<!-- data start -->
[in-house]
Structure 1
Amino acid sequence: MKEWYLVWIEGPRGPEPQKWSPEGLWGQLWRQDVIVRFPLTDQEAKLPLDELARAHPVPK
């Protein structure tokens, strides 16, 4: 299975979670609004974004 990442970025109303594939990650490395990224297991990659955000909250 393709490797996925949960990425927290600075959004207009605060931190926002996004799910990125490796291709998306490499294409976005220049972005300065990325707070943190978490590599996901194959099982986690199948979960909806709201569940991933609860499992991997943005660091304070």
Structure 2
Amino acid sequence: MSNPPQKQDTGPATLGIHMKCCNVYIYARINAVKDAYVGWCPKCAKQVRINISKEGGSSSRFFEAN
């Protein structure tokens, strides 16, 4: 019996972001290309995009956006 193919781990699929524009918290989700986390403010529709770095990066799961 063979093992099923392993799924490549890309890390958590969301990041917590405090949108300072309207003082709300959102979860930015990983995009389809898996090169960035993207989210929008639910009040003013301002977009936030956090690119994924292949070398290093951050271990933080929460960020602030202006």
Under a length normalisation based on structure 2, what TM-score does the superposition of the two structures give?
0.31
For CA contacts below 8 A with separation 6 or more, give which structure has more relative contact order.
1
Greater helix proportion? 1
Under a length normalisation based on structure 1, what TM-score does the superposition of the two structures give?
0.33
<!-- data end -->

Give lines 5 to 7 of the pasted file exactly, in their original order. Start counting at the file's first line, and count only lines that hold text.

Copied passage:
Structure 2
Amino acid sequence: MSNPPQKQDTGPATLGIHMKCCNVYIYARINAVKDAYVGWCPKCAKQVRINISKEGGSSSRFFEAN
């Protein structure tokens, strides 16, 4: 019996972001290309995009956006 193919781990699929524009918290989700986390403010529709770095990066799961 063979093992099923392993799924490549890309890390958590969301990041917590405090949108300072309207003082709300959102979860930015990983995009389809898996090169960035993207989210929008639910009040003013301002977009936030956090690119994924292949070398290093951050271990933080929460960020602030202006």